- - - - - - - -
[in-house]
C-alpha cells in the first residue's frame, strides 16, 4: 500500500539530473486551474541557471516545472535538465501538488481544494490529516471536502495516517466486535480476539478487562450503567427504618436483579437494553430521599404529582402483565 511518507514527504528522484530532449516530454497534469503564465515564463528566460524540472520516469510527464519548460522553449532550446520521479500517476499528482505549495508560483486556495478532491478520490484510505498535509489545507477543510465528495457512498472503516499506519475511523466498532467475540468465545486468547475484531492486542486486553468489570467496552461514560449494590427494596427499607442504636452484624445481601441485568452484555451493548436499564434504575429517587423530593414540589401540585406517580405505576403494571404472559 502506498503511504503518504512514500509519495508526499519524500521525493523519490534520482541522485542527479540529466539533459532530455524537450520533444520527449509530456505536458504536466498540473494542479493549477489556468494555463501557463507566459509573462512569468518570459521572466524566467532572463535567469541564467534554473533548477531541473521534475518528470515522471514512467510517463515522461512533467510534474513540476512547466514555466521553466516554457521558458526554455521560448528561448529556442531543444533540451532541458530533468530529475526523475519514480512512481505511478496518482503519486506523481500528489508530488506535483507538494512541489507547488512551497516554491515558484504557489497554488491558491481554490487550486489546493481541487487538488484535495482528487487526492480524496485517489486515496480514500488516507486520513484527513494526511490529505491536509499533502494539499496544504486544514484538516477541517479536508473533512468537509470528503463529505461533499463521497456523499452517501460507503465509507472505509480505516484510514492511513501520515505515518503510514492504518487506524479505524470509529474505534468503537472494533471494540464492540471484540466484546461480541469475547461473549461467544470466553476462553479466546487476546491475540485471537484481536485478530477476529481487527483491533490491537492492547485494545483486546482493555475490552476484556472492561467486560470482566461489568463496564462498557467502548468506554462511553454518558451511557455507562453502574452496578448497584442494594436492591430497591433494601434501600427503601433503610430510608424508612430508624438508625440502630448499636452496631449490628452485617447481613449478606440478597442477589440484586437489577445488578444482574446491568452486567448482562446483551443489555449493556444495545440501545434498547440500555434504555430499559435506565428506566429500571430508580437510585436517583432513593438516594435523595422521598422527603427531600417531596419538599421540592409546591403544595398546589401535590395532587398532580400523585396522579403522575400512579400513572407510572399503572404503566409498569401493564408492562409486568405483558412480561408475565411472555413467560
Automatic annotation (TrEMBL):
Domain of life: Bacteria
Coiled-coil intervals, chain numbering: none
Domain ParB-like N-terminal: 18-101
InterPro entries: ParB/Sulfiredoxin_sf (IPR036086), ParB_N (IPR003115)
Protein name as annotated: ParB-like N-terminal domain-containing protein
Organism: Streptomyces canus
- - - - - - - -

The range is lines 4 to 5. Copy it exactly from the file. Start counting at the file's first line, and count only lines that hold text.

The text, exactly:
Domain of life: Bacteria
Coiled-coil intervals, chain numbering: none